A much smaller garden in Castlemaine, Central Victoria, an area renowned for its tough climate with extreme temperatures, heavy frost and low rainfall, as well as depleted soil from goldmining days. The garden was created by Barbara Maund in 1991 and was inspired by the English Arts and Crafts Movement, as well as medieval monastery gardens. The only plants from the pre-1991 garden were a 100 year old box hedge, a large mauve lilac, a nandina thicket and belladonna lilies. The garden was started around the 1895 Victorian stucco house and is semi-formal in nature. The design displays strong structural elements from the geometric garden rooms to the hedges and topiaried plant forms (circles, arcs, balls, domes, squares and rectangles), but is softened by a patchwork of self-sown annuals, perennials and blowsy old-fashioned roses, as well as the creeping thyme along the brick paths.BlogPrivSpec50%Reszdmarchapril 394BlogPrivSpec50%Reszdmarchapril 398 Local landscaping materials were  used : gravel in the paths between different garden sections; old bricks contain garden compartments and create a series of circles, a shallow round pool (to reflect the moon) and the well; stone is used for stepping stones and paving; and slate for mulch , as well as iron and other recycled materials.BlogPrivSpec50%Reszdmarchapril 396BlogPrivSpec50%Reszdmarchapril 397BlogPrivSpec50%Reszdmarchapril 405BlogPrivSpec50%Reszdmarchapril 401BlogPrivSpec50%Reszdmarchapril 408BlogPrivSpec50%Reszdmarchapril 419BlogPrivSpec50%Reszdmarchapril 406BlogPrivSpec50%Reszdmarchapril 412 Plants were chosen for their toughness and include perennials, succulents, iris, seasonal bulbs, roses and self-seeding plants. Many of the aromatic plants are Mediterranean in origin : lavenders, thymes and rosemary, as well as silvery artemesia, santolina and lambs’ ear, Stachys byzantinia. Very much a collector’s garden, there are 37 fragrant Heritage roses, fruit trees and over 70 self-seeding plants, all in one quarter of an acre!BlogPrivSpec50%Reszdmarchapril 409BlogPrivSpec50%Reszdmarchapril 413 There are many different colour themes from the purple driveway tunnel and northern yellow borders to the central blue walk and circle and the white southern beds.BlogPrivSpec50%Reszdmarchapril 415BlogPrivSpec50%Reszdmarchapril 411I loved the bright red berries of the pyracantha, trained along wires the length of the verandah and complimented by red begonias and white wooden stars.BlogPrivSpec50%Reszdmarchapril 410 The topiary of the Australian map outside the old shed and the square box were very impressive.BlogPrivSpec50%Reszdmarchapril 403BlogPrivSpec50%Reszdmarchapril 404BlogPrivSpec50%Reszdmarchapril 421 There were also lots of seats in the sun, shade and shelter, from which to admire the many vistas. In late Spring, the plants are treated to home-made compost and leaf mould, while blood and bone is applied in March and August. The plants are self-mulched with clippings year round. Watering is done by hand, using water from rainwater tanks and a grey water system.BlogPrivSpec50%Reszdmarchapril 417BlogPrivSpec50%Reszdmarchapril 418BlogPrivSpec50%Reszdmarchapril 414When we visited Meanderings through the Australian Open Garden scheme back in April 2010, it was owned by Larraine and Jim Kollmorgen, but it has since been sold in 2014.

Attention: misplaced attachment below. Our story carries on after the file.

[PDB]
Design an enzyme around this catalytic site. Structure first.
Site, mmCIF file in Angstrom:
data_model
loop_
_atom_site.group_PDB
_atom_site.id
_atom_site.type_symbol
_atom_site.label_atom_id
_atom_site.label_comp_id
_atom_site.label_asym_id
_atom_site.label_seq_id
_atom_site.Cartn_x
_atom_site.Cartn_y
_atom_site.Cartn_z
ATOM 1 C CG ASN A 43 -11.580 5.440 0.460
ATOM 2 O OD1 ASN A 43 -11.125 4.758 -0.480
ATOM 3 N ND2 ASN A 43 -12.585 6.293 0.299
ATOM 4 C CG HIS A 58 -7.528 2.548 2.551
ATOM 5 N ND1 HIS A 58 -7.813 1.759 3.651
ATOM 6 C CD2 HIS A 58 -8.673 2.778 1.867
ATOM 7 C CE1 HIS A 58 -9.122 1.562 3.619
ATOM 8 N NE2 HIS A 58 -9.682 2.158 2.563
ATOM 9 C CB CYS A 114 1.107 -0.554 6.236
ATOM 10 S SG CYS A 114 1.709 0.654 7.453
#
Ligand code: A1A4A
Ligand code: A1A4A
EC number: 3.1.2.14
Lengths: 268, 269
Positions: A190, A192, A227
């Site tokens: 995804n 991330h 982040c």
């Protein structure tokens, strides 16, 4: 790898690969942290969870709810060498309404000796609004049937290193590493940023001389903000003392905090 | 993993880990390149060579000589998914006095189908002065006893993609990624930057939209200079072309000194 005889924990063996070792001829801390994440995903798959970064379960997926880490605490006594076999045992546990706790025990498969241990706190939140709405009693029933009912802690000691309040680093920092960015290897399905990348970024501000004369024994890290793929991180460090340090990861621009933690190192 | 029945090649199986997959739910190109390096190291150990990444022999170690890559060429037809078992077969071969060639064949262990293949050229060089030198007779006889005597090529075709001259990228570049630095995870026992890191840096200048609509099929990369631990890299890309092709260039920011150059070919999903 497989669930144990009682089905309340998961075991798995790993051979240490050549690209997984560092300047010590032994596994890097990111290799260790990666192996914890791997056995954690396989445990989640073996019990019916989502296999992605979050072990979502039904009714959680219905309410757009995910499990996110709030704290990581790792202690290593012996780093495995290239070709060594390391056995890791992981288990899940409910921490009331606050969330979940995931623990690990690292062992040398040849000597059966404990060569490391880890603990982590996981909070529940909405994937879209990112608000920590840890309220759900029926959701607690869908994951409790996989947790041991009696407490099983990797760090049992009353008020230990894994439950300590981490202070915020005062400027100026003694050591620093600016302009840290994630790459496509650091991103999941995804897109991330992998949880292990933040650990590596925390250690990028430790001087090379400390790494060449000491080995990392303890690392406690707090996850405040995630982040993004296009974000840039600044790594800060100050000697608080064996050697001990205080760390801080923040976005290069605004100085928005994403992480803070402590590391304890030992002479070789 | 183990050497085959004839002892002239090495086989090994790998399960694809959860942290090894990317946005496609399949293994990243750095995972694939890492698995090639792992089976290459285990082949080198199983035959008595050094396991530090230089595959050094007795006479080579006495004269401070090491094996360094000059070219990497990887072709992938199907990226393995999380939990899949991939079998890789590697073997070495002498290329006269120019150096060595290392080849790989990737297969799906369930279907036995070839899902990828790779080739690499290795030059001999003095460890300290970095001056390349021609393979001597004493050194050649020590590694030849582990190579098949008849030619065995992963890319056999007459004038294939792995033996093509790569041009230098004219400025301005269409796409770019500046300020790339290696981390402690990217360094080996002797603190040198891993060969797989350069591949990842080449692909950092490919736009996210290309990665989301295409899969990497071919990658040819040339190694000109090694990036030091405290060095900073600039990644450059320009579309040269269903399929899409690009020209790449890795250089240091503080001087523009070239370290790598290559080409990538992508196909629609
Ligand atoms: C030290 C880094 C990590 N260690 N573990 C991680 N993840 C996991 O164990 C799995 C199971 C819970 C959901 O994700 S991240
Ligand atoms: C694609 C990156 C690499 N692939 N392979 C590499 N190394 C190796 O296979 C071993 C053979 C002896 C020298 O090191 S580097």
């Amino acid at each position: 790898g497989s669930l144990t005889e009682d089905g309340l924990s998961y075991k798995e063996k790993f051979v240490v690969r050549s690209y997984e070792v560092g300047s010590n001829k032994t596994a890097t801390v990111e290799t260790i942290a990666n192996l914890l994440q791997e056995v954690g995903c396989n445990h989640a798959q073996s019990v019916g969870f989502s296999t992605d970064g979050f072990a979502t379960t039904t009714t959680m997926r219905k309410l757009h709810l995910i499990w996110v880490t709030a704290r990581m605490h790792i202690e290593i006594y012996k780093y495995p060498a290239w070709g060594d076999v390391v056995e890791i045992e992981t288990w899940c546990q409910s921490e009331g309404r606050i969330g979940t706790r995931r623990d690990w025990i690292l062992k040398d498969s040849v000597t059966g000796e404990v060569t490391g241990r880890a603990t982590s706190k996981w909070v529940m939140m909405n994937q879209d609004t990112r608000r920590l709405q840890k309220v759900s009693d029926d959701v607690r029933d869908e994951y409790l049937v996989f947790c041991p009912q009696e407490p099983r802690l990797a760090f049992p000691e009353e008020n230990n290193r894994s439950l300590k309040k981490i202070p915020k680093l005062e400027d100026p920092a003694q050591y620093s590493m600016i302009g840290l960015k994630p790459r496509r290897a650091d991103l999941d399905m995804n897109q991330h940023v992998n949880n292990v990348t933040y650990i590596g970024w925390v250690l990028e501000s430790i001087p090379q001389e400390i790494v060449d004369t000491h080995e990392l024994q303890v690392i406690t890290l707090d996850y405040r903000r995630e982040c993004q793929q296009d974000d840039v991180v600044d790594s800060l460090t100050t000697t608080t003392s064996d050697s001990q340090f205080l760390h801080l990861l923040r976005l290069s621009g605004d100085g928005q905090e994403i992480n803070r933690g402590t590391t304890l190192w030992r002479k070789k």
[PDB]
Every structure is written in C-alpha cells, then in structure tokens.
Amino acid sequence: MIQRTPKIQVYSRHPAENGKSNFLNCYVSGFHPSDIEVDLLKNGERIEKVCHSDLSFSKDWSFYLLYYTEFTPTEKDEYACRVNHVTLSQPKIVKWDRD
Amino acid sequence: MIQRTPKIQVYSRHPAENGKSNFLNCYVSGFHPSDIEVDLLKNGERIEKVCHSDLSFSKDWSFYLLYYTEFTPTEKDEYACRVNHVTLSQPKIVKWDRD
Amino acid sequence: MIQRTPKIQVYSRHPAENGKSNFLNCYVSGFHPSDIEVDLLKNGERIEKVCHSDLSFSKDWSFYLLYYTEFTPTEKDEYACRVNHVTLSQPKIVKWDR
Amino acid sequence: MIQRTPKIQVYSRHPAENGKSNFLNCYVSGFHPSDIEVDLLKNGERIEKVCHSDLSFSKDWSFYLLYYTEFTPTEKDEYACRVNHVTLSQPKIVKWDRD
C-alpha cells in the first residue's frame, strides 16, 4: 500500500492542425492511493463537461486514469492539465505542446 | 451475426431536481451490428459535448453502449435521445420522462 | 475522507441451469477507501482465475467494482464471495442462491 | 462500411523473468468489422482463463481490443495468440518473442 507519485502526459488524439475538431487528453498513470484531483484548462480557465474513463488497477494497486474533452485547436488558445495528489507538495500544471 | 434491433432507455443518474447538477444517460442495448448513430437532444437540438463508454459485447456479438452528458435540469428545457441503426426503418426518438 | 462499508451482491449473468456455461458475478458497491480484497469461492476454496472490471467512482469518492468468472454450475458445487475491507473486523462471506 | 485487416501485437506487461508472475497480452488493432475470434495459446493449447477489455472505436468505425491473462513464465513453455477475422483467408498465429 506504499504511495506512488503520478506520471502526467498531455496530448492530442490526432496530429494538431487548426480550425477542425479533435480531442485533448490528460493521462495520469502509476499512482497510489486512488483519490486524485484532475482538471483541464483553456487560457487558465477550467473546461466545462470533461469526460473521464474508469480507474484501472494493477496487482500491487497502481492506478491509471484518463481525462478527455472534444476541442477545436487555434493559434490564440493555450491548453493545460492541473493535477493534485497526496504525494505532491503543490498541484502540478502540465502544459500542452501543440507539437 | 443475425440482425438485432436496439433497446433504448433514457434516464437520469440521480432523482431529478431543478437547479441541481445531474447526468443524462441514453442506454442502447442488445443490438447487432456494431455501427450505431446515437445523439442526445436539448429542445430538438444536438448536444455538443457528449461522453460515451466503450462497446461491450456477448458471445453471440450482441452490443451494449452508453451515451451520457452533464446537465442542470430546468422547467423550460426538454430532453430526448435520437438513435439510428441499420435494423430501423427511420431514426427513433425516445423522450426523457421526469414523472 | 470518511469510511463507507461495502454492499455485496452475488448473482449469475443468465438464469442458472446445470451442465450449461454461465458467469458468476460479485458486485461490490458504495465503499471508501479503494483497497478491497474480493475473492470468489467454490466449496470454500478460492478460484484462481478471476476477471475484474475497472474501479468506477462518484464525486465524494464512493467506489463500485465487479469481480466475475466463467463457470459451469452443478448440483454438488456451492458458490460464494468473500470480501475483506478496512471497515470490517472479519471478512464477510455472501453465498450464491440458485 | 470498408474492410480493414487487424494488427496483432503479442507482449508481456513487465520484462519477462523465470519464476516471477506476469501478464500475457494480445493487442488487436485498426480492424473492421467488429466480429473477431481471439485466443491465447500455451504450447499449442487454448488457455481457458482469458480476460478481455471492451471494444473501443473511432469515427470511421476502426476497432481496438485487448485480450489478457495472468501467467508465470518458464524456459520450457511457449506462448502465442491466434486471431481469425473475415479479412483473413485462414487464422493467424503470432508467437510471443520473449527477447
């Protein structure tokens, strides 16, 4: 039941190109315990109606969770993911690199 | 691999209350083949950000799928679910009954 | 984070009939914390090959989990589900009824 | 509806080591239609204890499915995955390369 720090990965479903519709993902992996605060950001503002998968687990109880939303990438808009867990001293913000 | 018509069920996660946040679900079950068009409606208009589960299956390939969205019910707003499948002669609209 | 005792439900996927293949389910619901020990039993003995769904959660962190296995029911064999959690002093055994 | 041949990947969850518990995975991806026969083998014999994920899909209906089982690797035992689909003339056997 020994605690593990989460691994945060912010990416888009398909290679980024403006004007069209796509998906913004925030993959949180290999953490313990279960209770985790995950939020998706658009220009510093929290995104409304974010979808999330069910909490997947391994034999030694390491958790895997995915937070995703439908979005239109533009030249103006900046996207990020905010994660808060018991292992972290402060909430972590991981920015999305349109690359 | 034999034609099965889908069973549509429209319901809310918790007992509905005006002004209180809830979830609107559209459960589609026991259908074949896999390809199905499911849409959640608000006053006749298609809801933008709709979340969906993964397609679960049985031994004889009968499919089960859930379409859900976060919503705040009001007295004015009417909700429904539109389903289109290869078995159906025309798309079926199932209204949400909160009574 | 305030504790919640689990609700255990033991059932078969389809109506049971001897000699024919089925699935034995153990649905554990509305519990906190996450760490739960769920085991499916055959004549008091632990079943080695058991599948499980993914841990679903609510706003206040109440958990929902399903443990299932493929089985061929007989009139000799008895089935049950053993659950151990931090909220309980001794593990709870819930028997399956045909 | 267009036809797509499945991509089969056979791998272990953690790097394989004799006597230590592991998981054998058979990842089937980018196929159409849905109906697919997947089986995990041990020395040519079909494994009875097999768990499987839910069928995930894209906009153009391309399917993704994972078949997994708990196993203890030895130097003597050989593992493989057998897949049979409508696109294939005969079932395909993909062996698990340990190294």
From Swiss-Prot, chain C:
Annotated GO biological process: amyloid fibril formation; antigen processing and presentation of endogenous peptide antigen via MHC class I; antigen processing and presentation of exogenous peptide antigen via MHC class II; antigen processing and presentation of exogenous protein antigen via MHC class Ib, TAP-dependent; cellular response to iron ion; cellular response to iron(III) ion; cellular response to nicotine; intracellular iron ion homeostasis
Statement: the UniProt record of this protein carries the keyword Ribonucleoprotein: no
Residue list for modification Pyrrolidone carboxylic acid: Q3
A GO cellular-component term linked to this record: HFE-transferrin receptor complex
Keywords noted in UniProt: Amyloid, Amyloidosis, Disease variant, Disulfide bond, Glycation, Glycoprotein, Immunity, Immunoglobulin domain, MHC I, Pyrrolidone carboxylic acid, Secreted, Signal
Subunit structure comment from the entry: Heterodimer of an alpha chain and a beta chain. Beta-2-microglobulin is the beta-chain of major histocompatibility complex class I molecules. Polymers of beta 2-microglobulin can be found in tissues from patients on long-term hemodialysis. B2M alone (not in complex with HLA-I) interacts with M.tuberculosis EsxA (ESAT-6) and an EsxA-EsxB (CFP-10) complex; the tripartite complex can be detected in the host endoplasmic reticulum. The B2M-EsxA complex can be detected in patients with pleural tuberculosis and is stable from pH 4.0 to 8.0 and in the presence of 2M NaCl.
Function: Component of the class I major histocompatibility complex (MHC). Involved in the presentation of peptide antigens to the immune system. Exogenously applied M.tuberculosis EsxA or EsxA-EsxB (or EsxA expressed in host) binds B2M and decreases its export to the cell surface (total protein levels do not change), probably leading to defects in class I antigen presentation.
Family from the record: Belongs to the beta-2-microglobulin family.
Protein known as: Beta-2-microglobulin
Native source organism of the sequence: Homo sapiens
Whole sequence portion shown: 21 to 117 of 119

Coastal environments are also tough for gardeners with the salt-laden winds and sandy soils. I have already described Villa Lettisier, which protects its garden from the coastal winds coming straight off Bass Strait with huge hedges. See: https://candeloblooms.com/2016/09/20/favourite-private-country-gardens-part-2/. Corio Bay is much more sheltered, but still presents challenges to gardeners with strong winds, low rainfall and alkaline soil. We visited the next two gardens on the Bellarine Peninsula on the shores of Corio Bay near Geelong on the Cottage By the Sea Inc Open Day in March 2014. For the 2016 program, see: http://cottagebythesea.com.au/wp-content/uploads/2016/01/GARDENDAY2016.pdf